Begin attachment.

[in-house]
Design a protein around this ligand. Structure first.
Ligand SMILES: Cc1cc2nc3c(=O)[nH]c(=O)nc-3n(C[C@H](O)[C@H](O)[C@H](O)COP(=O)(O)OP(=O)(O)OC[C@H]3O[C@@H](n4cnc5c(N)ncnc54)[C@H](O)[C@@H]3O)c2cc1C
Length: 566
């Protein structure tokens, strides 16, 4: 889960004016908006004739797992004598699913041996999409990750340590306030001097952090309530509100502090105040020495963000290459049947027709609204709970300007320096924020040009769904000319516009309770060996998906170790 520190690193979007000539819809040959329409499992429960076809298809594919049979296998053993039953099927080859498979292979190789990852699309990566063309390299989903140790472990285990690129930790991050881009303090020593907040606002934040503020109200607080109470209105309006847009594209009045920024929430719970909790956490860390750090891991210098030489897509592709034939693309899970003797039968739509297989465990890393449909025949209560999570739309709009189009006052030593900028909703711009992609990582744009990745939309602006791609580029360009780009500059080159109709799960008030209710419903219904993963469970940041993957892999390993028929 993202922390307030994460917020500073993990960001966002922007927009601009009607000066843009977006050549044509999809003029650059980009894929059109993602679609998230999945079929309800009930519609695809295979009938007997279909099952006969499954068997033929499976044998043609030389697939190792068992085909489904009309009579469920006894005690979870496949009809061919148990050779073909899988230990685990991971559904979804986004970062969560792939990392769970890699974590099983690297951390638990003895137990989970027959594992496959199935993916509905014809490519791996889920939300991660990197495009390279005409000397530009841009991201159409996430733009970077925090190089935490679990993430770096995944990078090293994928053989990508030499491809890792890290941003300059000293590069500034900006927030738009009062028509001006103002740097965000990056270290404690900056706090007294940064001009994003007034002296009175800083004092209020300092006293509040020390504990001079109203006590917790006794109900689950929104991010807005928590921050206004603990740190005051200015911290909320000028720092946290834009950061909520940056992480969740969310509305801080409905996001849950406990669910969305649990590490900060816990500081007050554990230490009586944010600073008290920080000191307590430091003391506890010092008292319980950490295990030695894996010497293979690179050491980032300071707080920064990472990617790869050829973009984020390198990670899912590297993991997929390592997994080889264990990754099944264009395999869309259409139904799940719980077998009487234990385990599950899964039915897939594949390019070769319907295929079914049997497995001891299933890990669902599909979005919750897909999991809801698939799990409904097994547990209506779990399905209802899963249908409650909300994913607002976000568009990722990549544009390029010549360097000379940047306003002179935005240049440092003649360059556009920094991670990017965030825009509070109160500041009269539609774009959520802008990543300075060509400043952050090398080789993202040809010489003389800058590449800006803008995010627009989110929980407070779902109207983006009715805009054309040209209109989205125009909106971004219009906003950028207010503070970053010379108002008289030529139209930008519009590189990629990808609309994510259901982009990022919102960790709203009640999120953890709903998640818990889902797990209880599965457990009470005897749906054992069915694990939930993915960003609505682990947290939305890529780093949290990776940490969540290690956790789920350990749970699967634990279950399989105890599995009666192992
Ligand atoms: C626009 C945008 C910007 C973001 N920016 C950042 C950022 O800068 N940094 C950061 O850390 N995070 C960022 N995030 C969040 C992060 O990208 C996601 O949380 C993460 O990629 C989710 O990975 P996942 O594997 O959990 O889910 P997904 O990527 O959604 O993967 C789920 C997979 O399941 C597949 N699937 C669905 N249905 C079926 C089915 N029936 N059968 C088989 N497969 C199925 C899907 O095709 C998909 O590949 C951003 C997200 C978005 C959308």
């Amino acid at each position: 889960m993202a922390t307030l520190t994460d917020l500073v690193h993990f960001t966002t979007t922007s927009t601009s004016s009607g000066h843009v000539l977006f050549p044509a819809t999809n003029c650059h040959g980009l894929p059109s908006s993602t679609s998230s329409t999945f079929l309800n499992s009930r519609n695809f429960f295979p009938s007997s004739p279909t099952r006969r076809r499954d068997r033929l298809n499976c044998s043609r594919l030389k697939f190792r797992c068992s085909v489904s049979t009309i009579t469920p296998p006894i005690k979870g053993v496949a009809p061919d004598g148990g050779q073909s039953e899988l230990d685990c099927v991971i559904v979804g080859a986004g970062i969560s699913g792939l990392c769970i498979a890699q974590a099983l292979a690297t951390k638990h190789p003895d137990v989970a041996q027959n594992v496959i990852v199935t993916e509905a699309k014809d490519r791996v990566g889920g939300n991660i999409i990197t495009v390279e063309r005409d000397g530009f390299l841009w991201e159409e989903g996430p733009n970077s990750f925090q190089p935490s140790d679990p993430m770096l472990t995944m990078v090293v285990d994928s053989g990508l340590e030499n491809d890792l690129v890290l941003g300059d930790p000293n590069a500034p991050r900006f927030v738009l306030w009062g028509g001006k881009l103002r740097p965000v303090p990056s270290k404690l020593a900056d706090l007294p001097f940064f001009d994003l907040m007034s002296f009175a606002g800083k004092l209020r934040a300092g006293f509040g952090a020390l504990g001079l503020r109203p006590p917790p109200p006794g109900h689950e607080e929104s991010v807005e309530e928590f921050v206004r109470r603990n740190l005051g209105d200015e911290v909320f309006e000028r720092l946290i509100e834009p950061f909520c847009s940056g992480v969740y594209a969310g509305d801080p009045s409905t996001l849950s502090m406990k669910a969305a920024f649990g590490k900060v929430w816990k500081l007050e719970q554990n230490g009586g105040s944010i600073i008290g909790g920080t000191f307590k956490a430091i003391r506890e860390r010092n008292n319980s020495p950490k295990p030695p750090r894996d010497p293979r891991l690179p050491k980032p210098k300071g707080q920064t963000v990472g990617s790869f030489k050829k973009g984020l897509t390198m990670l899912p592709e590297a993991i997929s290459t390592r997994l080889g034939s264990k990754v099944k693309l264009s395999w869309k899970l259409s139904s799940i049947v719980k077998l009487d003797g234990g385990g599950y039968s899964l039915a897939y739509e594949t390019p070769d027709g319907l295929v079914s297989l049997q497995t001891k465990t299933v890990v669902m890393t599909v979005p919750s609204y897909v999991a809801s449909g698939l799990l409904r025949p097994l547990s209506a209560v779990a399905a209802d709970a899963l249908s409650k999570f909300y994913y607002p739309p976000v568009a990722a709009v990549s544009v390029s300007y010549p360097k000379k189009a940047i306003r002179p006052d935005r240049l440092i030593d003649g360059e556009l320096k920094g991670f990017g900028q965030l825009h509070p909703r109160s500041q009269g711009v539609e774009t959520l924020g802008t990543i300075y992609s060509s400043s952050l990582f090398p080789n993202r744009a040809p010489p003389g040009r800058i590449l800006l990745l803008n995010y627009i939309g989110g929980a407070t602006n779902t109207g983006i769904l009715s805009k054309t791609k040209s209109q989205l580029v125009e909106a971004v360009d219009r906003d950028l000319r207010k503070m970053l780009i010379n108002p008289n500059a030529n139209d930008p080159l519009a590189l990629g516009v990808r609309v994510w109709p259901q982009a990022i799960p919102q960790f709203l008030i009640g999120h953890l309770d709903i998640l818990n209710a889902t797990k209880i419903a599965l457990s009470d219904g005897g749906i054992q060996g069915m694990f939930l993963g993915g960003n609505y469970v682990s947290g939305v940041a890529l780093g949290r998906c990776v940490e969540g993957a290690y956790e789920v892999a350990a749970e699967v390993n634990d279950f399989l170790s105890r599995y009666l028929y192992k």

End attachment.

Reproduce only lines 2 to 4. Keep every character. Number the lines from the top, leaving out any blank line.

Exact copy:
Design a protein around this ligand. Structure first.
Ligand SMILES: Cc1cc2nc3c(=O)[nH]c(=O)nc-3n(C[C@H](O)[C@H](O)[C@H](O)COP(=O)(O)OP(=O)(O)OC[C@H]3O[C@@H](n4cnc5c(N)ncnc54)[C@H](O)[C@@H]3O)c2cc1C
Length: 566